Students Against Sexual Assault, an extension of the A.S. Human Rights Board, has made progress with its list of Asks regarding sexual assault and sexual harassment on campus, following meetings with members of UC Santa Barbara administration.

SASA hopes the Asks will be implemented by Fall Quarter 2019. Courtesy of Kaitlyn Nguyen

The organization first published the list of Asks on Oct. 15. An updated version of the Asks was then posted to SASA’s website on Feb. 4.

The first of the Asks requests the Campus, Advocacy, Resources and Education office (C.A.R.E.), Counseling and Psychological Services (C.A.P.S.), the UC Police Department and the Women’s Center, among others, to be required to attend an open town hall at the beginning of each quarter “for students to voice their questions and concerns.”

The updated version of the Asks says that the timing of the town hall must be confirmed with SASA at least three weeks in advance, “along with any administrative reports that will be discussed at the Town Hall.”

This first Ask has already begun implementation – there was a town hall on Nov. 7, and the next town hall is set for Feb. 25, according to Students Against Sexual Assault (SASA) director Emily Montalvo-Telford.

“I think the last town hall went well, I’m happy that we left the town hall with written-down agreements that we all talked about and what each individual in that room is responsible for,” Montalvo-Telford said.

“Those type of conversations with administration then kind of morphed these [updated] Asks.”

Montalvo-Telford added that SASA has spoken to multiple members of UCSB administration in order to begin implementing the rest of the Asks, including Vice Chancellor for Student Affairs Margaret Klawunn, UCSB Title IX Officer Ariana Alvarez, C.A.R.E. director Briana Conway and Dean of Student Life Katya Armistead, among others.

The second Ask says that UCSB must provide SASA with “five thousand dollars annually and by the start of the fiscal year— beginning in 2019— in order to organize a campus-wide campaign regarding affirmative consent.”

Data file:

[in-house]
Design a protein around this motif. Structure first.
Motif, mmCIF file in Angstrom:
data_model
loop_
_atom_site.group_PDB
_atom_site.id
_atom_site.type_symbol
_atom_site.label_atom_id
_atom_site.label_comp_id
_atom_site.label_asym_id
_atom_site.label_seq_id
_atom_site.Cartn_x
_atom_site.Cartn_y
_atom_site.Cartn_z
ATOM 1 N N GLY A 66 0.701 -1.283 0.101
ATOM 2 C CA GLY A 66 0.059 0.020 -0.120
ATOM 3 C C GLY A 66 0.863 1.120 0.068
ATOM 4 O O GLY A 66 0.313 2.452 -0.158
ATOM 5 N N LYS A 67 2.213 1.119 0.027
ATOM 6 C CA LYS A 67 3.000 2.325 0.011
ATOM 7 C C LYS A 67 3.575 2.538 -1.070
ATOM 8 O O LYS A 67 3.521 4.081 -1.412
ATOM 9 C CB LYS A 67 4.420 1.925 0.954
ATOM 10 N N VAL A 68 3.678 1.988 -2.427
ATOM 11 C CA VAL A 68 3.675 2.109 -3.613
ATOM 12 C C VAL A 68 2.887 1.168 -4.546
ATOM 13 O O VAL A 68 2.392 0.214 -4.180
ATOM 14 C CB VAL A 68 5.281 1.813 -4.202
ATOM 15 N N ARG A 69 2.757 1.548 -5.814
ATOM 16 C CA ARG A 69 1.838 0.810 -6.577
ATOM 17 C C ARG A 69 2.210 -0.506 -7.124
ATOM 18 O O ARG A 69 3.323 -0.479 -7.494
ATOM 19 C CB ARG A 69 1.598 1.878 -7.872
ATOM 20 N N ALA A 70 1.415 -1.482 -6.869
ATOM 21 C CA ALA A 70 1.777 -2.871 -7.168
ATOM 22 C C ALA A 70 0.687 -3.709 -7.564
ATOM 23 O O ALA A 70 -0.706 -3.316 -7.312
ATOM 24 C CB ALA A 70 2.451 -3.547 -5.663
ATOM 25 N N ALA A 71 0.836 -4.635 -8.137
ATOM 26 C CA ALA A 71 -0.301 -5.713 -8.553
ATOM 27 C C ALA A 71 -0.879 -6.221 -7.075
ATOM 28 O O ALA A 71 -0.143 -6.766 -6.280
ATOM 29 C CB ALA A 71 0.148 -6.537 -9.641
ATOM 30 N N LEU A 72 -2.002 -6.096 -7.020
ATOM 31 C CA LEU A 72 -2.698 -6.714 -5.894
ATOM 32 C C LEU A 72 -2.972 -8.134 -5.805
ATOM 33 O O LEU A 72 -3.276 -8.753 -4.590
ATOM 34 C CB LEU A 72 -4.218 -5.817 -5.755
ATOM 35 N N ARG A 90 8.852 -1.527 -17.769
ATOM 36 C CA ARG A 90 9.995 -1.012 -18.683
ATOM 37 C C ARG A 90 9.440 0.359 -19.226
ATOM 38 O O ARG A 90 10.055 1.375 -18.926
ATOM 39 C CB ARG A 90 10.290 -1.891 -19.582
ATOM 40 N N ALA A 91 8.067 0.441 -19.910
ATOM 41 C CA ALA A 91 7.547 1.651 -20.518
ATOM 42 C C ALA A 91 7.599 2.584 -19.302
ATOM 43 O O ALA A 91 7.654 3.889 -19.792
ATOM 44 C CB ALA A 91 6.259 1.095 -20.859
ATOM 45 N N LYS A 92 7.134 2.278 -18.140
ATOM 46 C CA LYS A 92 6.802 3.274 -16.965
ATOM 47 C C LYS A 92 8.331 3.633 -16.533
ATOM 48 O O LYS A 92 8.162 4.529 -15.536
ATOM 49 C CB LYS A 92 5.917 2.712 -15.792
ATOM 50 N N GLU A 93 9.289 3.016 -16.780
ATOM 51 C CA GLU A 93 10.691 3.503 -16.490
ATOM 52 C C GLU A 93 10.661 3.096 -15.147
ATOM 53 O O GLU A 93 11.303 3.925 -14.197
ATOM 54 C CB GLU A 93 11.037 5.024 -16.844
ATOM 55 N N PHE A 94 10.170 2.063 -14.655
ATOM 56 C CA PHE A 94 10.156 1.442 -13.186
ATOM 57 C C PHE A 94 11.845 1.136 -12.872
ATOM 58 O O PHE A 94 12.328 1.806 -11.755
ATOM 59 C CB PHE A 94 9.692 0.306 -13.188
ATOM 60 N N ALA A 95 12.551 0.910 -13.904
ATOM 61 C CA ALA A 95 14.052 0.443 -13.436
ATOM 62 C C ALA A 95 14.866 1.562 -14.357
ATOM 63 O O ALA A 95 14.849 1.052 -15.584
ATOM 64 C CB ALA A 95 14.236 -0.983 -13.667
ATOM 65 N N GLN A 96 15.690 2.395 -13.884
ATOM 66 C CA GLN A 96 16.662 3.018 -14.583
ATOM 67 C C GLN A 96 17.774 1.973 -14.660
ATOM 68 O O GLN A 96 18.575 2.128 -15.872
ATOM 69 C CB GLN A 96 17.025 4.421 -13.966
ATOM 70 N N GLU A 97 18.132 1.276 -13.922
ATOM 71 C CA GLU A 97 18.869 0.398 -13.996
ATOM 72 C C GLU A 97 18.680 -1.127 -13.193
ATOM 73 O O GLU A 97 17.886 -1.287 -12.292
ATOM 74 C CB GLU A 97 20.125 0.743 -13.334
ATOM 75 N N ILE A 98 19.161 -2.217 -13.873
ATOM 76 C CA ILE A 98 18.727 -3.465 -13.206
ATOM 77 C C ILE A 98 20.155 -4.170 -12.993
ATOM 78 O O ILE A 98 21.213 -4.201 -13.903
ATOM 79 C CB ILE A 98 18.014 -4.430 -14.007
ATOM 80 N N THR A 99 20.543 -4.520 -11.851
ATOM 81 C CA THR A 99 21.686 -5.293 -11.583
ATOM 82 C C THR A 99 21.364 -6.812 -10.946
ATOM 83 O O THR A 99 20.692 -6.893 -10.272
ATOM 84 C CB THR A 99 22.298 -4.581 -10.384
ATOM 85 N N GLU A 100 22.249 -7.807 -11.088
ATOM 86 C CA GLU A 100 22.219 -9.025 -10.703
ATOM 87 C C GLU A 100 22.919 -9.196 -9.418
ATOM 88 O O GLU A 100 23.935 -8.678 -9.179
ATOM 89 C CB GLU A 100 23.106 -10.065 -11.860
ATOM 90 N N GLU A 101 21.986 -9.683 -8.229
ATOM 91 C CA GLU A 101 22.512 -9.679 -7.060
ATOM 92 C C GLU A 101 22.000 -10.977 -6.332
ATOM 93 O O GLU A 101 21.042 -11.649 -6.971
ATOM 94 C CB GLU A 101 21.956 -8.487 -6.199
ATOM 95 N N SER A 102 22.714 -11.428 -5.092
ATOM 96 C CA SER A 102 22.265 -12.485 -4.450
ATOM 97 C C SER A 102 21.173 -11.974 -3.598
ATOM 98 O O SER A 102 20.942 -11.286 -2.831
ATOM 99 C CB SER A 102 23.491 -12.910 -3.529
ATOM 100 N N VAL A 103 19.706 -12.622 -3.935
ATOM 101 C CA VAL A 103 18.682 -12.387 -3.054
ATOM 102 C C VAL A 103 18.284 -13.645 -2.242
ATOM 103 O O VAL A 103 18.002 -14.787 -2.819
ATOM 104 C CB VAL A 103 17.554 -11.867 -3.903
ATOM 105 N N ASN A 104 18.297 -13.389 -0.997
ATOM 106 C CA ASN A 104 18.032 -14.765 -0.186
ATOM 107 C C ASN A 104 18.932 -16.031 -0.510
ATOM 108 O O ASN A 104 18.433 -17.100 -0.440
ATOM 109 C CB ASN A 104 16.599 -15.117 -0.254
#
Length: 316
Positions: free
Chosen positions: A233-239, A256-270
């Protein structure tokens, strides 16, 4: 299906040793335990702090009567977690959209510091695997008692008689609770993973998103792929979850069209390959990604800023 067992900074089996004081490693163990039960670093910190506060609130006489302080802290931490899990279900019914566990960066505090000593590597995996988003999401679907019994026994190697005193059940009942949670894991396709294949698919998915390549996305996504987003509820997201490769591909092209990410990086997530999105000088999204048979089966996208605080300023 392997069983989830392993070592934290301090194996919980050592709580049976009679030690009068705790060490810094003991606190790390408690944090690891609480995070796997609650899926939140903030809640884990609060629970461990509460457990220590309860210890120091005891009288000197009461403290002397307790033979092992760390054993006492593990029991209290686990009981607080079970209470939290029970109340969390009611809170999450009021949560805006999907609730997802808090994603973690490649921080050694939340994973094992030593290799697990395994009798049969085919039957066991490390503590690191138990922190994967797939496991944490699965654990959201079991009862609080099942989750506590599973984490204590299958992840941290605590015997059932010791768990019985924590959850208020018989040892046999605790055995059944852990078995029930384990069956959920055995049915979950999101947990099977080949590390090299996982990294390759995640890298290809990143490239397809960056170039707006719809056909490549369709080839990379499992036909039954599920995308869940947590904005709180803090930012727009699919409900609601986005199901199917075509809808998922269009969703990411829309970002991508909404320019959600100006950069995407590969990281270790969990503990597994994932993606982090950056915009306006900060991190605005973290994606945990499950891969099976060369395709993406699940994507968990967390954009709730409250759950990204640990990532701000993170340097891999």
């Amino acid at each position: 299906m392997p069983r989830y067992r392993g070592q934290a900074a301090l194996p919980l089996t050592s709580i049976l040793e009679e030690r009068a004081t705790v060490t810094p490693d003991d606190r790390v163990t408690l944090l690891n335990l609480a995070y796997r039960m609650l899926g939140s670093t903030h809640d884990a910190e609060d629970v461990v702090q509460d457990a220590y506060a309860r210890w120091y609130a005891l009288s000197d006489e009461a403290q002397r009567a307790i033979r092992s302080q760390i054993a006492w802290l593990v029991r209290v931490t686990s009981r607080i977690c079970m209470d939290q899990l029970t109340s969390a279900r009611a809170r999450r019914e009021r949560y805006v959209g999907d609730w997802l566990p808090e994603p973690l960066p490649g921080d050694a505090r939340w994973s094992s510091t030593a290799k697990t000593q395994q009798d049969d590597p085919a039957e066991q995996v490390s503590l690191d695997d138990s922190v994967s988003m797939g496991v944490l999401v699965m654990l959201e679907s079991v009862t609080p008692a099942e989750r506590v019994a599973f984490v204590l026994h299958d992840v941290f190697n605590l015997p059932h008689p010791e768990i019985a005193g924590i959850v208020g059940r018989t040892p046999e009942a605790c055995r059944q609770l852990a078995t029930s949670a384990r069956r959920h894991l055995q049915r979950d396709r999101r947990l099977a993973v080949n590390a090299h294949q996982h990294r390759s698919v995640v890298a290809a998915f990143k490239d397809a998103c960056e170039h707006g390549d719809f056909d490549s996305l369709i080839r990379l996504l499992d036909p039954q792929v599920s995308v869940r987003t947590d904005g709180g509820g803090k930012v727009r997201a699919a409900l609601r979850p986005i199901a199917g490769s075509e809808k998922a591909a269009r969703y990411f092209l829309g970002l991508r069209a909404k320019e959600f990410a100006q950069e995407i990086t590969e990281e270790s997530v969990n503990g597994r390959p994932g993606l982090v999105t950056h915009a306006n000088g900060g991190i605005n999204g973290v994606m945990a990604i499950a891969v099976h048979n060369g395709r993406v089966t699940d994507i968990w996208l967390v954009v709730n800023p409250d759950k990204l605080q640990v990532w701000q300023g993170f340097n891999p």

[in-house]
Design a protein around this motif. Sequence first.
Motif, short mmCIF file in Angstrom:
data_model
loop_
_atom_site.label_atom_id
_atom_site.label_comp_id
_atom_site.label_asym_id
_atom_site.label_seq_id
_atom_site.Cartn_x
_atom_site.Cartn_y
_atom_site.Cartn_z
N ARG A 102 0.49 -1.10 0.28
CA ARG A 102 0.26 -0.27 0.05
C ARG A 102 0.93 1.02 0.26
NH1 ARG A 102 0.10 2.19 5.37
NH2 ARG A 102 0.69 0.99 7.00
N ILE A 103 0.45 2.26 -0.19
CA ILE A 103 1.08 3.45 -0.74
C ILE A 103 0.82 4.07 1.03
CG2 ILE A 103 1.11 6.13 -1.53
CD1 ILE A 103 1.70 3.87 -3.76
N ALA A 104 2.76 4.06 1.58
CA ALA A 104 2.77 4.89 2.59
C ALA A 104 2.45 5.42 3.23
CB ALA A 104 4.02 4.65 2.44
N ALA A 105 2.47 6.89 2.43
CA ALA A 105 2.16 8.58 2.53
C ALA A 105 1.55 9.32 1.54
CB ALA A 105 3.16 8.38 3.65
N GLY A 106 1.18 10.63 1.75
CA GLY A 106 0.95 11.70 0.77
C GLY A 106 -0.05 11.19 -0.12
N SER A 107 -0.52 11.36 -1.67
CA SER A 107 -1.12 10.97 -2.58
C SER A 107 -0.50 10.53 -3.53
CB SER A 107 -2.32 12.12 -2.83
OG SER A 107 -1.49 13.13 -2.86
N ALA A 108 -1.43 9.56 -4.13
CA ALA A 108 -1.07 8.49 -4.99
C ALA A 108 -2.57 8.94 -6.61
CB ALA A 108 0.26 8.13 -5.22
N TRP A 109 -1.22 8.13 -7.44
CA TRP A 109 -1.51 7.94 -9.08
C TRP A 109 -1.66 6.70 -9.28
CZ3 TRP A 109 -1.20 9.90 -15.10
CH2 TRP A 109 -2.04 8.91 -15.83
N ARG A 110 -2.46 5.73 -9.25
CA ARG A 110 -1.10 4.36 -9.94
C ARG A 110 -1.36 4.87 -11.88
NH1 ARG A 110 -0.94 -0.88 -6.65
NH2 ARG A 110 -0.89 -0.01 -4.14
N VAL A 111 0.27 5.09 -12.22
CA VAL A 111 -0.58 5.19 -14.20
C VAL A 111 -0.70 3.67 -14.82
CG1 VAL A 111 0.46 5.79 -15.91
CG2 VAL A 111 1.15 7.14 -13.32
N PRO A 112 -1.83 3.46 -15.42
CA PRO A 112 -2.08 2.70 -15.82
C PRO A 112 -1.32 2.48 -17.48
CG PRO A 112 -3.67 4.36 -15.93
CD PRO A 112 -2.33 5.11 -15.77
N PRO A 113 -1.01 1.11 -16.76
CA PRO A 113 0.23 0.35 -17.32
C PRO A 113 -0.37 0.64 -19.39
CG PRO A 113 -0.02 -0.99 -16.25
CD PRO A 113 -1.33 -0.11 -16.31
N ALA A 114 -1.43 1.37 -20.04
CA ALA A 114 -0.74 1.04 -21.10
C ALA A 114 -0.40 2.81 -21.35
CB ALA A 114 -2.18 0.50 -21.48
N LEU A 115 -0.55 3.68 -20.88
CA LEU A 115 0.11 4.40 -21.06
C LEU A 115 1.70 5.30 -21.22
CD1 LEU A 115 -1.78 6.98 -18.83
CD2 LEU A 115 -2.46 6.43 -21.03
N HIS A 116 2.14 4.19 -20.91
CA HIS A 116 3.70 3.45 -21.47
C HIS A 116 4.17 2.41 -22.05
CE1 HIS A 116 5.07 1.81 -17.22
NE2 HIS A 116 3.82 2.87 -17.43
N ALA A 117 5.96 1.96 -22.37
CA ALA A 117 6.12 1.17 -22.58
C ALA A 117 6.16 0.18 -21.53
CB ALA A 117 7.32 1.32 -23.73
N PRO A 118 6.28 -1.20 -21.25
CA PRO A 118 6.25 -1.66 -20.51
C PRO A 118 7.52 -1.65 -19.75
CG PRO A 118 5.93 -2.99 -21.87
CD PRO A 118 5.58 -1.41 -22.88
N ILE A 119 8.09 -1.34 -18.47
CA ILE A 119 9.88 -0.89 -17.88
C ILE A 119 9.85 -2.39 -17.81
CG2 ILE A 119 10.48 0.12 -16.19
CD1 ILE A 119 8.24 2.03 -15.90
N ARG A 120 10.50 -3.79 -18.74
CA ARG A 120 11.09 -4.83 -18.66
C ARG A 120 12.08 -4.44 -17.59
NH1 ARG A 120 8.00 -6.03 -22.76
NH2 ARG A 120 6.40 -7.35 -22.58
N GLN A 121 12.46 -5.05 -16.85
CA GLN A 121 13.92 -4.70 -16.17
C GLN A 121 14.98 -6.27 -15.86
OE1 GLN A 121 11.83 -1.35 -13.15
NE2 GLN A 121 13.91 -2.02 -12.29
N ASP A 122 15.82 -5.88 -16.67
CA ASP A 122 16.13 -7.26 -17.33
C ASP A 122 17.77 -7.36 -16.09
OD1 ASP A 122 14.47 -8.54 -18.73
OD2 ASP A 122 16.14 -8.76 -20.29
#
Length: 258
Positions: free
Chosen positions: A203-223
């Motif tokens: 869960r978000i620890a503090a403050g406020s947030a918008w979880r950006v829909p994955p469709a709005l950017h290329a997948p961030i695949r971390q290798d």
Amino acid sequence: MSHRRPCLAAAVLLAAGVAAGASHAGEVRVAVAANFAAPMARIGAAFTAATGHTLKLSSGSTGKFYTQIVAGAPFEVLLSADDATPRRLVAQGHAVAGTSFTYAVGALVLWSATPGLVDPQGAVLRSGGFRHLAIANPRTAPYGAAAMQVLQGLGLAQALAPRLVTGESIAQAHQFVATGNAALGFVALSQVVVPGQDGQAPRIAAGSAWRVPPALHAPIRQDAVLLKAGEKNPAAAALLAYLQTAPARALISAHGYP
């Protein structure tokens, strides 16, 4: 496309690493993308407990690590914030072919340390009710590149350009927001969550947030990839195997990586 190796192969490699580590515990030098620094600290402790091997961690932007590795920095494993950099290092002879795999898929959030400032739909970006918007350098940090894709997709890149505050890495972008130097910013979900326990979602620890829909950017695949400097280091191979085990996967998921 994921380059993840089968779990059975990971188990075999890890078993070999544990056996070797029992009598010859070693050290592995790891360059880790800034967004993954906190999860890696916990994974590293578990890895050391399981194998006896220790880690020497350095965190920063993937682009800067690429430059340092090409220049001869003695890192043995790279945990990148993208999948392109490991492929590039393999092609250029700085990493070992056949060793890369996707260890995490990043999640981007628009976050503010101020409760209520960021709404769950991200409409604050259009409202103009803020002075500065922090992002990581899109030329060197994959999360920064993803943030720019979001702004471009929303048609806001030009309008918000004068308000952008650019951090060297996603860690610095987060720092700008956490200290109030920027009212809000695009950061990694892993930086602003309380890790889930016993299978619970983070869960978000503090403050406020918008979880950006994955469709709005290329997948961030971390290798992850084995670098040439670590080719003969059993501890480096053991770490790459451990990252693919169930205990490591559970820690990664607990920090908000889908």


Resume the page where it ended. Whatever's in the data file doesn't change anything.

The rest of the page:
The original list of Asks did not specify the amount needed to fund the campaign.

Montalvo-Telford said SASA hasn’t spoken to administration about this Ask yet.

“I assume Margaret would be the best person to speak to about this,” Montalvo-Telford said. “I believe it’s absolutely necessary that we receive this amount of funds.”

Montalvo-Telford clarified that SASA does not believe that these funds should be coming from student fees, and instead the funds should be coming from “the university itself.”

The third Ask says that the UCSB Title IX office “must provide an annual Public Accountability Report as modeled by the UCLA Title IX office.”

The updated list of Asks adds that the UCSB Title IX office “must redesign their website to make the information more accessible to students, faculty, and staff.”

Montalvo-Telford said that there seems to be some pushback from administration in regards to updating UCSB’s Public Accountability Report so it models UCLA’s, but she is confident that SASA can “work something out” with the administration.

UCSB administration has yet to agree to make amendments to its current Public Accountability Report.

“We definitely need to have more conversations about what this Public Accountability Report would look like for our campus,” Montalvo-Telford said.

UCLA’s Public Accountability Report provides “anonymized descriptive statistics about complaints, investigations, and sanctions that have been meted out in the past,” according to UCLA’s Equity, Diversity, and Inclusion website page.